Expressing myself came very naturally, at a very young. In my eyes, everything I wrote was clear and glorious. Until I got to the Eight grade and placed in the lower level English class. I thought I was good at school. I thought I loved to read and write, until that year. I was thirteen and had no one to process any of the emotions that came with being ranked in the “slow” class. I spent all year trying to impress my English teacher by doing my homework on time, by working hard in class–as hard as an eighth grader filled with needs to be social and dream about her crush could.
As I grew as a learner, I began to slowly define myself as a hard worker–instead of an intelligent writer. I always said and even sometimes today say that I am not smart, I just work hard. You see my brother was the brains in the family, while I, the hard worker. Thus, through high school I began to neglect my English classes. I have three pieces of writing in all four years that I am proud of: The Canto I wrote in Mrs. McCool-Hennessey’s 10th grade Honors English Class, The Canterbury Tale I wrote in Mrs. Dibler’s 12th grade AP English class, and The Thoreau and Huck Finn Compare/Contrast Essay I wrote in Ms. Braxton’s 11th grade Honors English Class. Although as I write this, I realize that these were amazing works of writing, at the time I thought myself to be a failure. One who didn’t know how to write and had no clue how to get there, no matter the amount of work I put into it. Writing was such an abstract concept, one that even with teacher feedback, I had no way of figuring out how to become better.
“You just have to read a lot to become a better writer,” was my brother’s standard response, any time I grumbled about not getting the grade I wanted.
Uncertain about having what it takes to become an actor, I settled to major in English. At least I enjoyed reading, even if I wasn’t a good writer. I dreamily signed up each semester for English Lit. classes thinking, surely this semester I’ll show them. I made it through college with average grades and one memorable essay about The Color Purple. It was the first novel that lit an analytical fire inside of me, one that I could not put out until the essay had been written. Due to circumstances out of my control, however, I turned that paper in late and received a C / A on it. My professor had penalized me for turning it late with the C, but wanted me to see what I would’ve received, if it had been on time. It didn’t matter! I celebrated this A as if it were a real A, even though it didn’t have an impact on my actual grade. It was the first time that someone else had acknowledged my abilities as a writer. I’ll never forget one of the comments on this paper. It said: “Where was your passion in all your other essays?” We had read and written about Frost’s poetry which bored me and because it is sacrilege to even think this as an English major, I did the least amount of analysis needed for each essay about Mr. Frost’s poems.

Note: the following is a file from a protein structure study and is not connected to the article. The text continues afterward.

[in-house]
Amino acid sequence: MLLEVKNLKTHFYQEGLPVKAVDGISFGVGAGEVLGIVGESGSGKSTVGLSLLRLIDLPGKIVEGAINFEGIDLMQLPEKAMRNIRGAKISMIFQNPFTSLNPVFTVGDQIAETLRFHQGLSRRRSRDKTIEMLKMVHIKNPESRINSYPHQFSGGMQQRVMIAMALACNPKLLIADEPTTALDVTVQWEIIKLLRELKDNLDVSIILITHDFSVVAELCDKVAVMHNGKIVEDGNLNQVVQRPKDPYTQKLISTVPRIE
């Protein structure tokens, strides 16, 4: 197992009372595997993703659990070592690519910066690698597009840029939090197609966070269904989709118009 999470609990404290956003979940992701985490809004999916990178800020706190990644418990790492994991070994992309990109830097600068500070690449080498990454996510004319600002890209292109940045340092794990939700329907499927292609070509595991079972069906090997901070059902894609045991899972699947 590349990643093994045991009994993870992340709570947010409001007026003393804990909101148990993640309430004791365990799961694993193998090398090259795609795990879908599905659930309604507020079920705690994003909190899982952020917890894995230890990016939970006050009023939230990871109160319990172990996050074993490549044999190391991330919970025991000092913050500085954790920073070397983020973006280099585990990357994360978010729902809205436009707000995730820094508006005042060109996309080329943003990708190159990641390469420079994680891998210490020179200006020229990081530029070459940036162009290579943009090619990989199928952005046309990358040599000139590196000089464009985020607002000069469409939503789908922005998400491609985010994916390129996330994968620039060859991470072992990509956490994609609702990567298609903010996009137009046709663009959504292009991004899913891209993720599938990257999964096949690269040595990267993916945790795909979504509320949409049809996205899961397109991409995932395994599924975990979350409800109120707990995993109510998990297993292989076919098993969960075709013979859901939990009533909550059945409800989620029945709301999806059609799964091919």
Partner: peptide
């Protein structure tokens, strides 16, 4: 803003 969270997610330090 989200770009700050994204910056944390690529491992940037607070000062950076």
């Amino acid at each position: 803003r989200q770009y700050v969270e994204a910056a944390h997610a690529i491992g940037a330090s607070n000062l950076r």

In an unexpected turn of events, I became a middle school English teacher. A person who spends her days teaching students how to read, discuss, and write. I sometimes wonder what my former English teachers would think if they knew I became an English teacher. I often wondered, especially when I was a younger teacher, if I was fulfilling the “those who can’t teach” prophecy.
Then, on late winter/early spring eve in my small, but luxurious, Boston apartment, I got a notice on Facebook that alerted me that a friend of mine, K, had started her own blog to share her life experiences and grow from them. It occurred to me that I desperately wanted to do this for a almost year now, and had even created an account with WordPress, but hadn’t written a word from fear of the world scorning my abilities.
After reading K’s powerful writing that chronicled the complete truth about life, I sat down to write my first blog post and didn’t get up for two hours. Upon completion of my blog, I felt relieved like you do after a good yoga class or a good meditation. I clicked the blue publish button with a flourish and waited for the world to respond. It was here on WordPress that I began to believe in the possibility of myself as a writer. It was here on Color My Palate that I realized maybe, just maybe I could attempt to write a novel. It was here that I began to not just dream, but place each brick down one at a time to build my unrealized, undernourished dream to be a writer.
So as November and National Novel Writing Month and National Blog Posting Month approach , I begin to simultaneously feel that fire to write and fear that I am not a writer. I fear that I won’t have the time or the stamina as a teacher to blog or write everyday. I fear that no one will care or read what I write each day. I fear that I won’t have anything smart, funny, insightful to write about.
I once heard a famous young actress say that if she isn’t scared shit-less, then the film wasn’t worth it. So here I am declaring that I’m scared, but ready. I sit in my bed with a plan to hopefully execute posting everyday for NaBloPoMo this November.